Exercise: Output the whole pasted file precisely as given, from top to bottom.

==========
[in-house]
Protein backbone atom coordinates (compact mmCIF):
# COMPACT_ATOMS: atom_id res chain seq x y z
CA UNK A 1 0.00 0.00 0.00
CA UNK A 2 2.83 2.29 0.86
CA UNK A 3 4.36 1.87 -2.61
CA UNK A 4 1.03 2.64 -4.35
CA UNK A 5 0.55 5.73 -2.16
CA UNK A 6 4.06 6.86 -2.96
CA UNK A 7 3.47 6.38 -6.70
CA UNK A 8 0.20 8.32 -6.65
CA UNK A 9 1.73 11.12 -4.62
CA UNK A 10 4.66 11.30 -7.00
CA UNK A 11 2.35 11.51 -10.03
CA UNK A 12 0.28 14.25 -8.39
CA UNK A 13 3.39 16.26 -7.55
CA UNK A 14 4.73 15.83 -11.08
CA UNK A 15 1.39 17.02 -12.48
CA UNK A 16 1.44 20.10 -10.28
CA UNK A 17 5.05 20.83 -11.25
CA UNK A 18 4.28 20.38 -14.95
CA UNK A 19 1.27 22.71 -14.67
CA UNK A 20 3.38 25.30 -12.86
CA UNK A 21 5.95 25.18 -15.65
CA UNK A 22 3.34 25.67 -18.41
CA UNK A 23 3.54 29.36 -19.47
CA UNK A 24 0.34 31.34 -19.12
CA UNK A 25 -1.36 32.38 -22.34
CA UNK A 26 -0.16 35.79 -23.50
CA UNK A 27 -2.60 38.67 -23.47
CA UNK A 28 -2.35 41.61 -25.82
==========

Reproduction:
[in-house]
Protein backbone atom coordinates (compact mmCIF):
# COMPACT_ATOMS: atom_id res chain seq x y z
CA UNK A 1 0.00 0.00 0.00
CA UNK A 2 2.83 2.29 0.86
CA UNK A 3 4.36 1.87 -2.61
CA UNK A 4 1.03 2.64 -4.35
CA UNK A 5 0.55 5.73 -2.16
CA UNK A 6 4.06 6.86 -2.96
CA UNK A 7 3.47 6.38 -6.70
CA UNK A 8 0.20 8.32 -6.65
CA UNK A 9 1.73 11.12 -4.62
CA UNK A 10 4.66 11.30 -7.00
CA UNK A 11 2.35 11.51 -10.03
CA UNK A 12 0.28 14.25 -8.39
CA UNK A 13 3.39 16.26 -7.55
CA UNK A 14 4.73 15.83 -11.08
CA UNK A 15 1.39 17.02 -12.48
CA UNK A 16 1.44 20.10 -10.28
CA UNK A 17 5.05 20.83 -11.25
CA UNK A 18 4.28 20.38 -14.95
CA UNK A 19 1.27 22.71 -14.67
CA UNK A 20 3.38 25.30 -12.86
CA UNK A 21 5.95 25.18 -15.65
CA UNK A 22 3.34 25.67 -18.41
CA UNK A 23 3.54 29.36 -19.47
CA UNK A 24 0.34 31.34 -19.12
CA UNK A 25 -1.36 32.38 -22.34
CA UNK A 26 -0.16 35.79 -23.50
CA UNK A 27 -2.60 38.67 -23.47
CA UNK A 28 -2.35 41.61 -25.82